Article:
Sony FE 70–200mm f/2.8 GM OSS G Master Lens attached to the A7R Mark II camera Stan Horaczek
When we were first introduced to Sony’s new high-end line of G Master lenses for its Alpha 7-series mirrorless cameras, only the 85mm f/1.4 prime and the 24–70mm f/2.8 zoom had made it to their final iterations. Now, the FE 70–200mm f/2.8 GM OSS G Master lens is starting to make its way over from Japan and onto store shelves. I had a chance to shoot with one of the first of these full-frame E-mount zooms to make the trip, as well as Sony’s new 2X teleconverter, which is designed specifically for use with the 70–200mm G Master zoom.
The lens will be available for $2,600, which isn’t unexpected for a pro lens. The 1.4X and 2X teleconverters will cost $550 each.
Tech Info: f/2.8 for 1/40 sec at ISO 400, 200mm
*All images in this gallery shot with the Sony A7R II camera and are unedited unless otherwise noted. One of the first things I noticed about the lens is how close it focuses. A 70–200mm f/2.8 typically isn’t my go-to for detail shots, but it’s totally doable with the G Master.*
Tech Info: f/2.8 for 1/100 sec at ISO 1600, 70mm
This is a much more typical usage for a 70–200mm lens in my arsenal. It’s a sharp, neutral frame that handled the high-contrast lighting nicely, and the transition from sharpness to blur is very pleasing.
Tech Info: f/2.8 for 1/60sec at ISO 400, 70mm
Lots of fine detail and intersecting lines make for a relatively tricky scenario, but again, the FE 70–200mm f/2.8 G Master does a good job keeping everything in check. If you look closely at the edges of the white highlights in the top right, you can see some very slight green fringing, but it’s extremely manageable.
Tech Info: f/2.8 for 1/400 sec at ISO 1000, 179mm
In terms of color reproduction, the neutral tones look spot on, while the neon pink wheels aren’t quite as vibrant as they looked in person. That’s what I prefer, though, because it allows me to get the color just right in editing. I have left these images unedited for the sake of consistency.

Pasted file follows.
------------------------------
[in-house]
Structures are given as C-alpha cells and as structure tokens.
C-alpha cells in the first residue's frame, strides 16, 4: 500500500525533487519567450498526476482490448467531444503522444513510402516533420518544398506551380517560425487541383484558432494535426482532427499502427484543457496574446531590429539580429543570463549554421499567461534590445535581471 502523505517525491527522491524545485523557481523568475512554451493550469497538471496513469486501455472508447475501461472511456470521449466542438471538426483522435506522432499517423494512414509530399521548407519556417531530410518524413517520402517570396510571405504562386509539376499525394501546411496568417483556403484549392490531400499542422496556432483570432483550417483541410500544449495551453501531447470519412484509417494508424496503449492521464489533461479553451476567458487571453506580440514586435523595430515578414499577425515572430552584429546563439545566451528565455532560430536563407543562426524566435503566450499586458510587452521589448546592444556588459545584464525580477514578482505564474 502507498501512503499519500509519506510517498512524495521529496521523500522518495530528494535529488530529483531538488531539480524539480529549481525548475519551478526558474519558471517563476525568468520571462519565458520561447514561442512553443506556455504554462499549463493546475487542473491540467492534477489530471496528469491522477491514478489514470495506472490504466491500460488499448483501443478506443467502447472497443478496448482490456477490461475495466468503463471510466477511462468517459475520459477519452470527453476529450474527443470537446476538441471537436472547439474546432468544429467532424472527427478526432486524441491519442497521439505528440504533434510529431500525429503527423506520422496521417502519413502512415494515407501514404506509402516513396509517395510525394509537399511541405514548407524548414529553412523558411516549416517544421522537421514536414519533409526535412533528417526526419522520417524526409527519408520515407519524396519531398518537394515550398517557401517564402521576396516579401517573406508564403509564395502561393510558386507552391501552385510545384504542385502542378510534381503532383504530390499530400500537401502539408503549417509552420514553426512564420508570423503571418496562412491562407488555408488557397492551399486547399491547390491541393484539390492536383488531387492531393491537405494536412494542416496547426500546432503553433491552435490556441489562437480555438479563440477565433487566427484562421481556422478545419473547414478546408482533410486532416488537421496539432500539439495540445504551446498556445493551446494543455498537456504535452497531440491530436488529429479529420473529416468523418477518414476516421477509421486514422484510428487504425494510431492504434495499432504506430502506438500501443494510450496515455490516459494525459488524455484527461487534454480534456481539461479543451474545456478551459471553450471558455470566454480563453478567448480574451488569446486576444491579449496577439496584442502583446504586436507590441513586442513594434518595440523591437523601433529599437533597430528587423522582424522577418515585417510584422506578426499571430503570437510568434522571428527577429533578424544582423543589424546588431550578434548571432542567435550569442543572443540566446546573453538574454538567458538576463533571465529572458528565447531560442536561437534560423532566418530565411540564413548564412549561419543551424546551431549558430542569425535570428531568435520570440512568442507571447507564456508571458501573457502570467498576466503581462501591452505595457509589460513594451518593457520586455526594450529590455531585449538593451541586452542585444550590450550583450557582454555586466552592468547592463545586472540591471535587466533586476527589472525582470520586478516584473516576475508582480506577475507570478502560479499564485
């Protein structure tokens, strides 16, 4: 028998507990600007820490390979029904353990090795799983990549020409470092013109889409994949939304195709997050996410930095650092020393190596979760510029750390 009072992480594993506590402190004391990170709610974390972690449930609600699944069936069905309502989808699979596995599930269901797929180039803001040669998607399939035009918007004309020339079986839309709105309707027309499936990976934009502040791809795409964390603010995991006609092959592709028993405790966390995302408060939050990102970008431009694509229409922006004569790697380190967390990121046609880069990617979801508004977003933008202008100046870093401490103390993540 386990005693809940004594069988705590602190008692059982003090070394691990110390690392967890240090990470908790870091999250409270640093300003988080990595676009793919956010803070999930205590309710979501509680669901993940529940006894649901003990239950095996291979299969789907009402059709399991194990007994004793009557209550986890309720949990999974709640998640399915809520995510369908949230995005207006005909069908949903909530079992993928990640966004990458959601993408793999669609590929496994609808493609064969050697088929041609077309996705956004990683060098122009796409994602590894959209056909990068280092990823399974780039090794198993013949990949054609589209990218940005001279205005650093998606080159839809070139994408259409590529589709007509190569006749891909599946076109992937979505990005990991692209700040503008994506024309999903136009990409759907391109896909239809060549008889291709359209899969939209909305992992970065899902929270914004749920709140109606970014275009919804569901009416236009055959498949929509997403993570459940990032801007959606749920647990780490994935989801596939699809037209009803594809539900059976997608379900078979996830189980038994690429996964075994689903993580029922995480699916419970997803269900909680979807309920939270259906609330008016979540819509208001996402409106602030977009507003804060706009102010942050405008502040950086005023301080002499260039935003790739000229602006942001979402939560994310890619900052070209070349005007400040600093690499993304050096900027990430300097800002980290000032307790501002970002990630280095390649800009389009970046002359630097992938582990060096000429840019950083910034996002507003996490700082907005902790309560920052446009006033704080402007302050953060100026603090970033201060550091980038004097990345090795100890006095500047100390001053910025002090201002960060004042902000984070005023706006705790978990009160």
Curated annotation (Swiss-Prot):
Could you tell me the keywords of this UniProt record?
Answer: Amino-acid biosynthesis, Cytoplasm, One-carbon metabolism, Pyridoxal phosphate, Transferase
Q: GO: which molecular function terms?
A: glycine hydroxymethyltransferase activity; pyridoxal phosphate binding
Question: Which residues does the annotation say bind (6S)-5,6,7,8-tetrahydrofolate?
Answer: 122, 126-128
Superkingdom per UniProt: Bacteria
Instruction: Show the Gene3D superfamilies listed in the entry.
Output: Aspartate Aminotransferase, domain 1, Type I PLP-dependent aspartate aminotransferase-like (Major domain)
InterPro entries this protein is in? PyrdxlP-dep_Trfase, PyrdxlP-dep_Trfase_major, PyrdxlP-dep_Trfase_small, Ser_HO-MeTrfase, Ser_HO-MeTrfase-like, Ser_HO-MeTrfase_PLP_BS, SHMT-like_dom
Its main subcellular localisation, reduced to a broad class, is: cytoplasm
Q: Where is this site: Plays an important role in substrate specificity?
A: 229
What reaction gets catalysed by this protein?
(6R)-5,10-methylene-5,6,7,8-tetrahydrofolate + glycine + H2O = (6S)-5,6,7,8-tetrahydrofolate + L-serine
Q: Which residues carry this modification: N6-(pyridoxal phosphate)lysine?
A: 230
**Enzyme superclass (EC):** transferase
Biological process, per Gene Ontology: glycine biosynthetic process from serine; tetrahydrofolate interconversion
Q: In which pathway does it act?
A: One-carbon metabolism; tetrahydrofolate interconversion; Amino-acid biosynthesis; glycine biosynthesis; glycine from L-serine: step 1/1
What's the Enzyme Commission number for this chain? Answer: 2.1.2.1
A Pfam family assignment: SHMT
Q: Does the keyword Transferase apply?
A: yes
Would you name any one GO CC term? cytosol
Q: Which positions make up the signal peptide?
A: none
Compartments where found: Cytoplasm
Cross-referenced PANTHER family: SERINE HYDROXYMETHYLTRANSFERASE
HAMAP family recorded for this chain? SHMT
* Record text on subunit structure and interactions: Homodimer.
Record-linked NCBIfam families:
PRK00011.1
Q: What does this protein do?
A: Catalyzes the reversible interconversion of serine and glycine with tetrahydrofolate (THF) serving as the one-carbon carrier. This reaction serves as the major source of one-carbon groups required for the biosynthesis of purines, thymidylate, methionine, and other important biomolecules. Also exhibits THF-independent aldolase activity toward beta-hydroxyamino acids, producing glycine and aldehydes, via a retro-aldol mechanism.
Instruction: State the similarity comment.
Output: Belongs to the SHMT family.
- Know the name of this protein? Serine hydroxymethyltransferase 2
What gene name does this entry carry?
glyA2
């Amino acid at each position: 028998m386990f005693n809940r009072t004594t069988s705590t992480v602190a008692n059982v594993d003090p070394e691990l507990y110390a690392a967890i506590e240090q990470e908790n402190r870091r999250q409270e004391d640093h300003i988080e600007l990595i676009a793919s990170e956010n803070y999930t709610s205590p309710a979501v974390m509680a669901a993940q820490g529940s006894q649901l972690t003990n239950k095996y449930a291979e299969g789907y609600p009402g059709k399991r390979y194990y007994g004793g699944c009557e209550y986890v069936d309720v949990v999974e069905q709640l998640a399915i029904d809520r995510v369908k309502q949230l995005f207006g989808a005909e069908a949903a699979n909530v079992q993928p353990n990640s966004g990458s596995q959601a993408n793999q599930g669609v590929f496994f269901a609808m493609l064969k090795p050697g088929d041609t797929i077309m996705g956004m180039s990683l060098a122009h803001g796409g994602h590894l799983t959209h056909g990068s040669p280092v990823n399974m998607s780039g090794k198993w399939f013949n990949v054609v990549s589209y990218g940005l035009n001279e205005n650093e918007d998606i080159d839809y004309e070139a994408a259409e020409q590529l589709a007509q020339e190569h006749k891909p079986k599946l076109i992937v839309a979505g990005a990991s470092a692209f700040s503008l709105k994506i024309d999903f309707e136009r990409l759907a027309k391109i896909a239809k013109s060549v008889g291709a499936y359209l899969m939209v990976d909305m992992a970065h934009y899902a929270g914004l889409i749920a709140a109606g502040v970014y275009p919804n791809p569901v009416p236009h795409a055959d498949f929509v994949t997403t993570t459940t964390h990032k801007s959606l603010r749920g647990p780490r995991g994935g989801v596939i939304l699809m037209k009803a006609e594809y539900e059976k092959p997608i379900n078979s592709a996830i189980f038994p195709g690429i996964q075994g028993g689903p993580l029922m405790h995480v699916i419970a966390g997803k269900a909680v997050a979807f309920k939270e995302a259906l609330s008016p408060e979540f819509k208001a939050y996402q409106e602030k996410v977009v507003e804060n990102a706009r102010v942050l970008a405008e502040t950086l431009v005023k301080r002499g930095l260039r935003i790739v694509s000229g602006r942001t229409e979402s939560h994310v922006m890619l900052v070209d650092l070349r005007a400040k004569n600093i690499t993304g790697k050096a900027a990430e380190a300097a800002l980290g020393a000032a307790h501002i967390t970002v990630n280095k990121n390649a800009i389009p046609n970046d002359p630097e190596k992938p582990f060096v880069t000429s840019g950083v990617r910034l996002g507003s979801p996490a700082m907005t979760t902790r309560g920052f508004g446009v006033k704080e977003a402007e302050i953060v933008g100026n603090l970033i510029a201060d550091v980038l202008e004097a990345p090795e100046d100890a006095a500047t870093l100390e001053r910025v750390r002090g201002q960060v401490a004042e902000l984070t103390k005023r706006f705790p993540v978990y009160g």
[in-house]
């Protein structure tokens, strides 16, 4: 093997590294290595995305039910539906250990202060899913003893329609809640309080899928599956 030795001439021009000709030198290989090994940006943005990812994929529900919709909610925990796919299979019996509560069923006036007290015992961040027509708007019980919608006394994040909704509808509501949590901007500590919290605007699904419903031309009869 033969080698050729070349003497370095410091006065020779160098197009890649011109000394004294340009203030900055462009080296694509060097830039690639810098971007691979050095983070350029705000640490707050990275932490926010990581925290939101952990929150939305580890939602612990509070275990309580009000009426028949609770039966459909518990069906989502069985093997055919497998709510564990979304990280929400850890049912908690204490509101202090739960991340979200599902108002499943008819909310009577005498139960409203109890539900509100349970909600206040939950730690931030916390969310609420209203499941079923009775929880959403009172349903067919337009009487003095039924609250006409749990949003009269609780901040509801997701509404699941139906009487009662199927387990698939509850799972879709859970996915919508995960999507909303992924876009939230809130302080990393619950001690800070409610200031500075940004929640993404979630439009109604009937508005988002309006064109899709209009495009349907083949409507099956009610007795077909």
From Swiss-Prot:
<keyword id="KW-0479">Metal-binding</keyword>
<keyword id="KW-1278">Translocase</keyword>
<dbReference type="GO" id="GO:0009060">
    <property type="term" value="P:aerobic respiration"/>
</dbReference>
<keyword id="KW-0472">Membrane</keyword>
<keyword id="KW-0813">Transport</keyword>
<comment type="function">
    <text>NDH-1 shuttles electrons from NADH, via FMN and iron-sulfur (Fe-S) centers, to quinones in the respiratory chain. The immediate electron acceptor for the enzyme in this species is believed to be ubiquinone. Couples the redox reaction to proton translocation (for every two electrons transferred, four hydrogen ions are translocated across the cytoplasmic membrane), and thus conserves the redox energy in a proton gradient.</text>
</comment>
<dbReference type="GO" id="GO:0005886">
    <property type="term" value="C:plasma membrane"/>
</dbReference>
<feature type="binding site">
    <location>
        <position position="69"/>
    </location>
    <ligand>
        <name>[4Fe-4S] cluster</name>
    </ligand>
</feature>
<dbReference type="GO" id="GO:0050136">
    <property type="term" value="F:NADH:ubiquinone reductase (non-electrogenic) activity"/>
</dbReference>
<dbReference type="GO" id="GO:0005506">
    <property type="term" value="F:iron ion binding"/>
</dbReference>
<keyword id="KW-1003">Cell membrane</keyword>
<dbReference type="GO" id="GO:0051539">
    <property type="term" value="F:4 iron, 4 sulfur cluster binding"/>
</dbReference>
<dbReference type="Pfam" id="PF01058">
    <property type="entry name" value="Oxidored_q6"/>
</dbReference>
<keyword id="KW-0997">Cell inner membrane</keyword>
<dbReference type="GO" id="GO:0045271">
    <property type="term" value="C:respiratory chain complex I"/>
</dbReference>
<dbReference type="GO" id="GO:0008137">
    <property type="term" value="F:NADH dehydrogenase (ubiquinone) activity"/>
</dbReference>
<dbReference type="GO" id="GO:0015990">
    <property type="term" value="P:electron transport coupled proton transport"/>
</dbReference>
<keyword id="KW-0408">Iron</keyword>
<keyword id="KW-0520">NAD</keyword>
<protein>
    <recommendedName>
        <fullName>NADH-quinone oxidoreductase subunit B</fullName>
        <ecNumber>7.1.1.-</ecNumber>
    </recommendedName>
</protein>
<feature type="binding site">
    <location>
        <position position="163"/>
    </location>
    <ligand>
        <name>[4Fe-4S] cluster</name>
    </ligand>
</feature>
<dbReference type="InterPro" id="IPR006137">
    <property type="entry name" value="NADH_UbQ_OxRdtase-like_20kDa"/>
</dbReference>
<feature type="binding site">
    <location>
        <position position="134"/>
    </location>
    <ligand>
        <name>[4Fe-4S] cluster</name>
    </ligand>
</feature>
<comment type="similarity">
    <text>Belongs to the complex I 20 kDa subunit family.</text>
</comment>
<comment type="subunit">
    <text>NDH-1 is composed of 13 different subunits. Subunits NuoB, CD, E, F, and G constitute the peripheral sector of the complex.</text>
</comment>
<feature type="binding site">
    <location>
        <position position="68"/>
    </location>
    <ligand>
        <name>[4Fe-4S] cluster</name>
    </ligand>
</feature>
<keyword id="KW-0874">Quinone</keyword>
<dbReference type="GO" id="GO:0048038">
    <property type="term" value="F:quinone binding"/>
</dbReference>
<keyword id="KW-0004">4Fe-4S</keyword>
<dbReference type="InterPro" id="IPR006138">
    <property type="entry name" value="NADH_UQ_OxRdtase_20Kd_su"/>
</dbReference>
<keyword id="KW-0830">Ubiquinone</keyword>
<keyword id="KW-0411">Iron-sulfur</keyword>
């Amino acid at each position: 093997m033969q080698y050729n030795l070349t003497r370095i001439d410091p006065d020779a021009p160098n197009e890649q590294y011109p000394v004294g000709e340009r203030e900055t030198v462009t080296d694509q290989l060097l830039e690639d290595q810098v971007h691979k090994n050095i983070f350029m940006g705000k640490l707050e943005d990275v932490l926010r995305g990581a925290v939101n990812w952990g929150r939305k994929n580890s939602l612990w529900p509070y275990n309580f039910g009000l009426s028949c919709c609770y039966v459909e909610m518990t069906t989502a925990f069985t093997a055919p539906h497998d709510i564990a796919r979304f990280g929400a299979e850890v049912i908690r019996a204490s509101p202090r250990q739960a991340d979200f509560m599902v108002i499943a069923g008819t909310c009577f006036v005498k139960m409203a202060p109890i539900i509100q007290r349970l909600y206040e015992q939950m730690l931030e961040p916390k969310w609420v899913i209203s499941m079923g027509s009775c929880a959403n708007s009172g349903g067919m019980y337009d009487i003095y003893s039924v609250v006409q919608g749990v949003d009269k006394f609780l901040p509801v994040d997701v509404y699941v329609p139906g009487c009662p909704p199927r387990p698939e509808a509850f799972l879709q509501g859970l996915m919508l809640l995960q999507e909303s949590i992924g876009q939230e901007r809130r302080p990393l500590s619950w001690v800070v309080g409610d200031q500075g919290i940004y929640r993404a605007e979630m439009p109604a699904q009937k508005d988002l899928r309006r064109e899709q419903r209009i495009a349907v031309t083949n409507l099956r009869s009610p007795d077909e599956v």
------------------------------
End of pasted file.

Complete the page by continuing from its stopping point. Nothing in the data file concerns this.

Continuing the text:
Tech Info: f/2.8 for 1/400 sec at ISO 1600, 142mm
Here we get a look at the bokeh produced by the lens and you can see the change in shape as it approaches the edges. You can also catch a little bit of oddness within the bokeh from the aspherical lens if you search closely, especially as you approach the center of the frame. Overall, however, I find the look to be pleasing.
Tech Info: f/2.8 for 1/400 sec at ISO 800, 70mm
In terms of focus speed, the G Master provides a very solid experience for a mirrorless setup. We have been shooting with flagship DSLRs lately, like the Canon EOS-1D X Mark II for testing, so this is a very different animal.
Tech Info: f/3.2 for 1/1000 sec at ISO 160, 200mm
As part of the press event, we were able to shoot a baseball game between the San Diego Padres and the Baltimore Oriels, including some of the preparation. Holding the large lens with a small Alpha body made me wish I had the A7 line’s extra battery grip to help balance things out.
Tech Info: f/3.2 for 1/1000 sec at ISO 200, 200mm
Once the AF system is dialed, the lens does a good job slicing through somewhat complicated scenarios and locks on rather effectively. The bright highlights on that metal railing are kept fairly in check.
Tech Info: f/3.2 for 1/1000 sec at ISO 800, 132mm
Predictably, distortion isn’t much of an issue with this telephoto lens throughout the focal range.
Tech Info: f/3.2 for 1/1000 sec at ISO 500, 200mm
Close up and nearly wide open, this detail shot provides a lot of sharpness and a very appealing overall aesthetic. I underexposed by about a stop, but I blame my eyes adjusting from the sunny field to the shady dugout and my desire to keep these sample images unedited.
Tech Info: f/3.2 for 1/1000 sec at ISO 800, 200mm
Another bat detail photo that could use a little more exposure, but you can see the fine detail rendering. The lens itself feels fairly big, especially compared to the A7R II camera body, which is relatively compact.